https://doi.org/10.1371/journal.pone.0121112.t001

The second sample set, a larger blinded confirmation set, is composed of 233 patients including 77 healthy controls, 32 surgical controls, 53 benign diseases, 27 stage I/II EOC cases, and 44 stage III/IV EOC cases. Specimens were randomized onto three plates for ELISA assays. All lab work was performed blinded and the data from sample set 1 was provided to the investigators only after laboratory work was completed. Sample set 2 was never unblinded. Statistical analyses were performed by a statistician from the POCRC (J.D.T).

ELISA Assays

The ELISA assays were performed according to the manufacturer’s instructions. The absorbance values were read at a wavelength of 450 nm. The calibration curves were constructed using purified protein standards. The concentrations of proteins assessed were calculated from their specific calibration curves.

Statistical Analysis

Nonparametric Wilcoxon tests and Dunn’s multiple comparisons were used to determine whether CA125, LRG1, and participant age differed between healthy controls, surgical controls, benign disease, and EOC and between early stage and late stage EOC. For all statistical comparisons, p<0.05 was taken as statistically significant.

Retrospective power analyses were conducted for a given sample size, variability of biomarker expression and the observed differences. For a two-tailed test at the 0.05 significance level, the power to identify systematic differences in the expression of LRG1, and CA125 were greater than 99%, which provides the statistical support for the number of samples included in our study.

To evaluate the performance of these markers, the receiver operating characteristic (ROC) curves were constructed and the area under the ROC curve (AUC) and the corresponding 95% confidence intervals (CI) were used to evaluate the overall performances of the markers. Multivariate analysis was done by logistic regression to find the best-fitting multivariate model for each comparison group. The maximum of sensitivity (SE) and specificity (SP) that reflects the intention to maximize the correct classification rate was used as an optimal standard to find the best cutoff values [25], where the corresponding sensitivity and specificity were calculated under these cutoff values. The AUC accuracy for the ROC curve of the combined analysis was checked by 10-fold cross-validation.

Results

Determination of Serum Concentrations of Biomarkers in Patients with EOC by ELISA Assays

In previous work, we found the abnormal expression of LRG1 in ovarian cancer, including in early stage cases [20]. Herein, we further validated our findings using two independent blinded sample sets to evaluate the performance of LRG1 or in conjunction with CA125 in detecting ovarian cancer. Serum specimens were randomized prior to shipping to the testing laboratory and the assays were performed blinded to case status.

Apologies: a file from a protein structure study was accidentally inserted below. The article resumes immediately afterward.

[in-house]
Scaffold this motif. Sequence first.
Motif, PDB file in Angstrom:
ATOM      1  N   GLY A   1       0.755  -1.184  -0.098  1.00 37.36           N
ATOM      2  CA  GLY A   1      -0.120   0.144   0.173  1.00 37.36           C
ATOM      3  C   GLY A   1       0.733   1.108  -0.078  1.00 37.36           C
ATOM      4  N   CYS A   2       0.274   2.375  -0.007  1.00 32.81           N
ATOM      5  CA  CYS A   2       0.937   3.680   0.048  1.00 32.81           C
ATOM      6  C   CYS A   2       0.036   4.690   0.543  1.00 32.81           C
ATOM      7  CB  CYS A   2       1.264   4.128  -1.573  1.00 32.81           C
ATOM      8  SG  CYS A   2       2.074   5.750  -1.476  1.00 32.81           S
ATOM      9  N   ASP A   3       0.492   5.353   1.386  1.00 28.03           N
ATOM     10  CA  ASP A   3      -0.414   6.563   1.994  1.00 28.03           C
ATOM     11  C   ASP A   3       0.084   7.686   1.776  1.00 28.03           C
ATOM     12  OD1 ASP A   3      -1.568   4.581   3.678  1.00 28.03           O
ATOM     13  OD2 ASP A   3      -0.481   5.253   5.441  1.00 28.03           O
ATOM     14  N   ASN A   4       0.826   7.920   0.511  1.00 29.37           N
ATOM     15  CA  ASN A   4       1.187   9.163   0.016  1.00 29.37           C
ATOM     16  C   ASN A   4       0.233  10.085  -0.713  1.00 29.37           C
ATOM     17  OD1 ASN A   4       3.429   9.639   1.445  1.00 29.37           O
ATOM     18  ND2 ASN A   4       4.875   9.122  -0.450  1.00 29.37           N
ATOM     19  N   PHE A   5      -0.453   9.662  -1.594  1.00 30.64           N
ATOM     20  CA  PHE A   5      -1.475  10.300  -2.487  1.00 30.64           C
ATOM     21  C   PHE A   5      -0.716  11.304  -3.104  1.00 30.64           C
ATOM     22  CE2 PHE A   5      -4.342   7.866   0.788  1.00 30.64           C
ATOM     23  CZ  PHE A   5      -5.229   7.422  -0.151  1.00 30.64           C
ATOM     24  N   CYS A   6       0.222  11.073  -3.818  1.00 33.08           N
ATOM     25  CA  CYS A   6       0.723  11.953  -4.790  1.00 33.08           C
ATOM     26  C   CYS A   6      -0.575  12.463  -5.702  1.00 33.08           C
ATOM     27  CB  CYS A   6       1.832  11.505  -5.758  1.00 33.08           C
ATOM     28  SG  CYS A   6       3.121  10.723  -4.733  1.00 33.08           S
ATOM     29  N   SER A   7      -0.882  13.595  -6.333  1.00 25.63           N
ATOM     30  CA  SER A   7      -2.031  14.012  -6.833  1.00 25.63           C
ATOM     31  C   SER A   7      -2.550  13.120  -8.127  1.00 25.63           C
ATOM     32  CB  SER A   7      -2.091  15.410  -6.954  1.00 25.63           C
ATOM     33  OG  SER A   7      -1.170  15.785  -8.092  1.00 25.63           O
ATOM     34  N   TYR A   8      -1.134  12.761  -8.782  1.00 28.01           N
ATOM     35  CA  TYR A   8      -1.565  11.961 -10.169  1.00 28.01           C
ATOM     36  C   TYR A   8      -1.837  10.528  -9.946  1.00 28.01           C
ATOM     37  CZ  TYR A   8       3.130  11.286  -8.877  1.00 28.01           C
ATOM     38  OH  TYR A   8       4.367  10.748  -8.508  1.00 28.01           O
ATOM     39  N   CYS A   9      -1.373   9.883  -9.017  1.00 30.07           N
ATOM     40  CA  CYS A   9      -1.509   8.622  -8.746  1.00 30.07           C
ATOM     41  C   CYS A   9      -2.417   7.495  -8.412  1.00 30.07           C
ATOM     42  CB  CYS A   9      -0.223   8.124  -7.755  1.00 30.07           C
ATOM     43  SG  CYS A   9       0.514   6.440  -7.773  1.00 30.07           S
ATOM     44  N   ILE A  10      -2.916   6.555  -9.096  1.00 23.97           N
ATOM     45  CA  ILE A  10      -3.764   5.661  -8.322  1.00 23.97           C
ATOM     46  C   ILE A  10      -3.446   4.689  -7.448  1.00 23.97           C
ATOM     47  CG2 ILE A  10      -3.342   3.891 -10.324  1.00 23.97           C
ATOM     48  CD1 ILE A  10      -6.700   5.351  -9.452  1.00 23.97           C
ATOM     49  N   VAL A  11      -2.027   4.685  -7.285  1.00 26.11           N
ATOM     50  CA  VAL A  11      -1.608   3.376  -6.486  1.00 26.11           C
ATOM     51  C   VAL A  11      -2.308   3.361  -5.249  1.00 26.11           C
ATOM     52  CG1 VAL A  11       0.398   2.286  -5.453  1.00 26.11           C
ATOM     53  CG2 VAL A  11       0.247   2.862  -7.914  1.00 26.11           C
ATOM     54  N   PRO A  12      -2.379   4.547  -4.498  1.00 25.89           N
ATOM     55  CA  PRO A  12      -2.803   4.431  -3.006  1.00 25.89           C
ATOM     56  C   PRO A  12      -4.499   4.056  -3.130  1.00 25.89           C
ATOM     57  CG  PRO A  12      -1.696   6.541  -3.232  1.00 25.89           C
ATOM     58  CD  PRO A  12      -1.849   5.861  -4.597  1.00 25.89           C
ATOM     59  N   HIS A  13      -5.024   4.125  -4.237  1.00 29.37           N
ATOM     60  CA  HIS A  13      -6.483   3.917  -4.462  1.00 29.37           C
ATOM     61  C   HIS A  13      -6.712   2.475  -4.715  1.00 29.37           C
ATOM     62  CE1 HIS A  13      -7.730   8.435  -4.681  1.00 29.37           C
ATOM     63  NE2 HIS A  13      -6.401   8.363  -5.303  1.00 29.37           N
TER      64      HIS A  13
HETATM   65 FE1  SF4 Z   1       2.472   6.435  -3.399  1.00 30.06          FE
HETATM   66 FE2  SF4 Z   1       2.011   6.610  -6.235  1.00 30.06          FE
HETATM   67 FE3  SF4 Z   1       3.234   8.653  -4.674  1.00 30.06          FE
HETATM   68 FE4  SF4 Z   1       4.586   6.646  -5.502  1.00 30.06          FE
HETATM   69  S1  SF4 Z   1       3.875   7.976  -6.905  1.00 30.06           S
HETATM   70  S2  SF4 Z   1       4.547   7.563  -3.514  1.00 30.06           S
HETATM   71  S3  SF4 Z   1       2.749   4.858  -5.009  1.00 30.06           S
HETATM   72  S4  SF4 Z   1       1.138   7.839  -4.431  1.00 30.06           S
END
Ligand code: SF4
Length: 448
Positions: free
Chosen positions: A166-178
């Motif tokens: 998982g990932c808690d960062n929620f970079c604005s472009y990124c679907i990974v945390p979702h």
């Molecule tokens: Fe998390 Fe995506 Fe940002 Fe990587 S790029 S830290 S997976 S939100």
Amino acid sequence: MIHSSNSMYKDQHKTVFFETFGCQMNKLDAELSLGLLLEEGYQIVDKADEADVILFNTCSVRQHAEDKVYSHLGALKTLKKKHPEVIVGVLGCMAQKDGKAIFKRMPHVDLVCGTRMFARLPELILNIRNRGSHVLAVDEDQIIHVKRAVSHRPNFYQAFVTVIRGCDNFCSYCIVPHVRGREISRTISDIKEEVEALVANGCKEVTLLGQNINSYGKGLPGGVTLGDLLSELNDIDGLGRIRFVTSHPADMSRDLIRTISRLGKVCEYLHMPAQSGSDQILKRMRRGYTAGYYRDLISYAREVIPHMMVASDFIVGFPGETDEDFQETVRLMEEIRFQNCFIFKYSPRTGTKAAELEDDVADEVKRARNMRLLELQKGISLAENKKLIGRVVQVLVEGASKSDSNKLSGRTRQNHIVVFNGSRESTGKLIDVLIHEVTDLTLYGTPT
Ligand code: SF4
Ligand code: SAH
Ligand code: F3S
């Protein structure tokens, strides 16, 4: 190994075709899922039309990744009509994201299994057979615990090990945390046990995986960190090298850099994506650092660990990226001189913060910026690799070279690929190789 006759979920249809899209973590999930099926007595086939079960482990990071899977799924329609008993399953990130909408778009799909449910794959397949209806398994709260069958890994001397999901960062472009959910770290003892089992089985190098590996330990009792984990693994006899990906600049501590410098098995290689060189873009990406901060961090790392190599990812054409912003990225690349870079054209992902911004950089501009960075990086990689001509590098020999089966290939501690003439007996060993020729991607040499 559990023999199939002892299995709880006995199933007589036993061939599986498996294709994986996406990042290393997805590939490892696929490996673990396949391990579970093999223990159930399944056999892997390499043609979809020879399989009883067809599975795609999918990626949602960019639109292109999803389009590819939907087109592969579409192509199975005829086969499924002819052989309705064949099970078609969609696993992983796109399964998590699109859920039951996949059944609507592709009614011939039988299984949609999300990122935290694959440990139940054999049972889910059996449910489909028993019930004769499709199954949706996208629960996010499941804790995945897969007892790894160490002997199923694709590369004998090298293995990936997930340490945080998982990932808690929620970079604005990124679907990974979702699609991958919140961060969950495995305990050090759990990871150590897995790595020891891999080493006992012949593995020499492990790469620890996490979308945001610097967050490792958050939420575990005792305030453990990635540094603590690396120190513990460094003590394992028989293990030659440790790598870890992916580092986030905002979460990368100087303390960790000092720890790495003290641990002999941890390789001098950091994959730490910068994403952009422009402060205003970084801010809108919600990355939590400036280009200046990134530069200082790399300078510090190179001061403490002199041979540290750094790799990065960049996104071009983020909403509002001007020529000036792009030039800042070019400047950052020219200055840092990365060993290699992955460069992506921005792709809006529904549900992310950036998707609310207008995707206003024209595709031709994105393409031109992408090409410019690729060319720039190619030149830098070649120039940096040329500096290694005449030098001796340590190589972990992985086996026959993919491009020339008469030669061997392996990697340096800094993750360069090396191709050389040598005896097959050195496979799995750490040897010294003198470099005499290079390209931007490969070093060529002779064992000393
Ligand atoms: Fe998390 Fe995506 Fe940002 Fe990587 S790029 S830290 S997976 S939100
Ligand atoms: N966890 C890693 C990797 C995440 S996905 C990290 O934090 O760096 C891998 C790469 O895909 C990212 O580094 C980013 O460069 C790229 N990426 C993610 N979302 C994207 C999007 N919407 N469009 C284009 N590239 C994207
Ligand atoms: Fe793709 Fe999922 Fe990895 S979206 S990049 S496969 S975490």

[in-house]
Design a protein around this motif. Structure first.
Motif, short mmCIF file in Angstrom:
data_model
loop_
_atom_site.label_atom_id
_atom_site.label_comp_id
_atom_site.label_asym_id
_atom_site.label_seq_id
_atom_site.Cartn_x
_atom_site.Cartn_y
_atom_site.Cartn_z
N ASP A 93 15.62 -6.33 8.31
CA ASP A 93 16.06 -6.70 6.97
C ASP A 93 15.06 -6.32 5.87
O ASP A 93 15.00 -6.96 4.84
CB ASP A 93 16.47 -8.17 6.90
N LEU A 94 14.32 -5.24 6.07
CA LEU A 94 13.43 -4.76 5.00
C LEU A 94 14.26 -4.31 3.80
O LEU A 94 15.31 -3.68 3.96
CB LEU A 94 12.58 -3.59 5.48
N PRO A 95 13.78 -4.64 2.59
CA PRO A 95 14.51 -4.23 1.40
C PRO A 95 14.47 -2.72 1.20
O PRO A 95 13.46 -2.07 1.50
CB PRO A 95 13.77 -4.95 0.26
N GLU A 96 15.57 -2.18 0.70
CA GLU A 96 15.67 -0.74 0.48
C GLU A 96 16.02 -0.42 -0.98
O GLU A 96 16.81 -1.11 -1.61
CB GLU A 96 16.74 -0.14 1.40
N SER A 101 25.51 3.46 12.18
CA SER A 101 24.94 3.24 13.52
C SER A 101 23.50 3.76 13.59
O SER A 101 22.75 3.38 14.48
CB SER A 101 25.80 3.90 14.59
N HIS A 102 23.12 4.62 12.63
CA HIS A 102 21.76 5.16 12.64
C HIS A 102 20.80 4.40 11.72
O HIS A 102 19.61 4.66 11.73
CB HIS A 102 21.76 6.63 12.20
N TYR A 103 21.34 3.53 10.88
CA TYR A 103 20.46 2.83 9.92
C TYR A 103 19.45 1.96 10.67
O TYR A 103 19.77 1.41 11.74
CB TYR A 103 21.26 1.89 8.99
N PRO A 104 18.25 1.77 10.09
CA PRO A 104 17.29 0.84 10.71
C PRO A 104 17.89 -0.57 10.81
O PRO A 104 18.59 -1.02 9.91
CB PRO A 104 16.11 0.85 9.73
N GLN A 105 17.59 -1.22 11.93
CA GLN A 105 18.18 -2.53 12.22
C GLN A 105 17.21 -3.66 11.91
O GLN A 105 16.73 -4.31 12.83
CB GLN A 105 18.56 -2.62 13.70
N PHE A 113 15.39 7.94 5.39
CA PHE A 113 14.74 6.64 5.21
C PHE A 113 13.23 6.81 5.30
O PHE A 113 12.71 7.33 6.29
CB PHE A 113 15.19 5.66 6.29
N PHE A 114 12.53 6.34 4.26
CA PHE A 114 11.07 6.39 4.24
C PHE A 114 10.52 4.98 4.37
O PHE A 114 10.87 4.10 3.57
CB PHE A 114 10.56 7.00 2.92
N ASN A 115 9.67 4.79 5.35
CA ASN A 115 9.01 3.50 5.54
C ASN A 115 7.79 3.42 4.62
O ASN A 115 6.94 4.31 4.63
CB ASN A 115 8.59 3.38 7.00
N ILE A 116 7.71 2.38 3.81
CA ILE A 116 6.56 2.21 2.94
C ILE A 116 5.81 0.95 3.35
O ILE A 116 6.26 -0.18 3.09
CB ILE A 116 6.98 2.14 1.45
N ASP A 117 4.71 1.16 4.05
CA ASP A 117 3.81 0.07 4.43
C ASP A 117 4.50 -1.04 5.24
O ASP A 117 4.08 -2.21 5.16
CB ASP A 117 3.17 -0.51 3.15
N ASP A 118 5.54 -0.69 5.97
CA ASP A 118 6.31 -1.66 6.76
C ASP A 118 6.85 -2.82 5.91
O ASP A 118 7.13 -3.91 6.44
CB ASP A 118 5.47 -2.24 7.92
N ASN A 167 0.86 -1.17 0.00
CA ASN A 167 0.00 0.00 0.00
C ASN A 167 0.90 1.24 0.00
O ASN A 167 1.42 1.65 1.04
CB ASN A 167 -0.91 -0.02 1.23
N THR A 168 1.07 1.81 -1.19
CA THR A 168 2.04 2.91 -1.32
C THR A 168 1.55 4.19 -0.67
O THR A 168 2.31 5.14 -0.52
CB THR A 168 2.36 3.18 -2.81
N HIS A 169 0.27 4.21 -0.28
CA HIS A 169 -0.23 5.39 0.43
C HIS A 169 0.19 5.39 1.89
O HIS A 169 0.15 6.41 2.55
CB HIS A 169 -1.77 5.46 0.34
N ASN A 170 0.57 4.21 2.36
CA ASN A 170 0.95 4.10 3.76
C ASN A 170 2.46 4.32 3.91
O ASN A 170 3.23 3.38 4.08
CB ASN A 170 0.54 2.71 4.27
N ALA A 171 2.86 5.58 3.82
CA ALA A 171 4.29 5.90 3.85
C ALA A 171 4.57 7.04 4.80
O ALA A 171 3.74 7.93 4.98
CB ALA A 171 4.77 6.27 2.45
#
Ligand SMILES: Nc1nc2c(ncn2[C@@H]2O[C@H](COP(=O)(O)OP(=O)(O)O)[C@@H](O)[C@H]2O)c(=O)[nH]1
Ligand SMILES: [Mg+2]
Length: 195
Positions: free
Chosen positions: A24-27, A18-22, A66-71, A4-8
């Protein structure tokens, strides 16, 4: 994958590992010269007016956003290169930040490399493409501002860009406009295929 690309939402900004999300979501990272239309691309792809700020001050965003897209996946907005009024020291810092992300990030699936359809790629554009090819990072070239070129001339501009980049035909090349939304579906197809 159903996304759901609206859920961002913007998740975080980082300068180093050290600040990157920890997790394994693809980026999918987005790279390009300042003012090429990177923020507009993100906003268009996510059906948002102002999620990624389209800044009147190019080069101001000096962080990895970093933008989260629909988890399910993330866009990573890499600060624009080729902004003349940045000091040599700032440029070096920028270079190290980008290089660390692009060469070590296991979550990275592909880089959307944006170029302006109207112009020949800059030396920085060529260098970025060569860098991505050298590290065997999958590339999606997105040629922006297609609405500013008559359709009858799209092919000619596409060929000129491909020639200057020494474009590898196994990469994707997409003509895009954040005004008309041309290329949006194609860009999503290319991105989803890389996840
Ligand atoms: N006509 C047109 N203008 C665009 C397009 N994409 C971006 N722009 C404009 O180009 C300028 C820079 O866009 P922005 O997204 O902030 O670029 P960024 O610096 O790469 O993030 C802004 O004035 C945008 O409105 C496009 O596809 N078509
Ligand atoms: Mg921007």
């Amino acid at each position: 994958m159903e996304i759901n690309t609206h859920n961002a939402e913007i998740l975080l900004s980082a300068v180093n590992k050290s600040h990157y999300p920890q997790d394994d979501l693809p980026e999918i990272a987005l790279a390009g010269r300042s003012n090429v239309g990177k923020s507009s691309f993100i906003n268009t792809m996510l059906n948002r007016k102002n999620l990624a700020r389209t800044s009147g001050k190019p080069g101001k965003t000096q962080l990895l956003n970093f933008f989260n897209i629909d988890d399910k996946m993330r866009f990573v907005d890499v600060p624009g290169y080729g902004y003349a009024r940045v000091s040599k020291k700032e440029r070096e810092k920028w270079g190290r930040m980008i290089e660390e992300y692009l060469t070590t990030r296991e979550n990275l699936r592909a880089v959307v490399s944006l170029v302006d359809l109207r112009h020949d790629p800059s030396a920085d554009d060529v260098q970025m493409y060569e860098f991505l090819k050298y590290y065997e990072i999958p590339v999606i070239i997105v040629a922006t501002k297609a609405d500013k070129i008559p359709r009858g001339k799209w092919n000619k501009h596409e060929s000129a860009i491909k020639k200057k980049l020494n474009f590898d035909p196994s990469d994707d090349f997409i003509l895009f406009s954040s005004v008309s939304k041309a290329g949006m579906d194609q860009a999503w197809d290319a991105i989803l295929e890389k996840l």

The distribution of marker values by EOC cases and non-cases in 156 serum samples from the preliminary confirmation set 1 is shown in Table 1. LRG1 and CA125 are elevated relative to control groups in both early and late stage EOC cases (p<0.01 for all pairwise comparisons) as shown in Fig. 1a. In addition, CA125 expression differed significantly among the histological subtypes (p = 0.002, Fig. 1b), while LRG1 did not differ among different subtypes of EOC (p>0.05).

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Fig 1. Serum marker levels for sample set 1.

(a) The levels of CA125, and LRG1 were examined in the serum from healthy controls, surgical controls, benign diseases, stage I/II EOC, and stage III /IV EOC. *p<0.05 indicates a significant difference between pairwise comparisons (all cases vs. all controls; early stage cases vs. all controls; late stage cases vs. all controls). (b) Marker distributions for the EOC patients from sample set 1 with different histological subtypes.

https://doi.org/10.1371/journal.pone.0121112.g001

Neither LRG1 nor CA125 were found to differ significantly between pre-surgical and surgical samples, indicating LRG1 and CA125 concentrations were not affected by the conditions of blood collection (Figure S1 in S1 File). LRG1 and CA125 both showed good performance in differentiating cases from controls regardless of whether specimens were drawn at surgery or prior to surgery (Figure S2 in S1 File).

The differential expression of LRG1 between cases and non-cases was further validated using an independent larger blinded sample set 2, and consistent with the results using sample set 1, LRG1 was elevated in EOC cases, including both early- and late- stage cases as compared to non-cases (Fig. 2a). Similar results showing that CA125 is significantly differentially expressed among the various histologies was observed in sample set 2, and LRG1 was not found to differ by histology (p>0.05, Fig. 2b).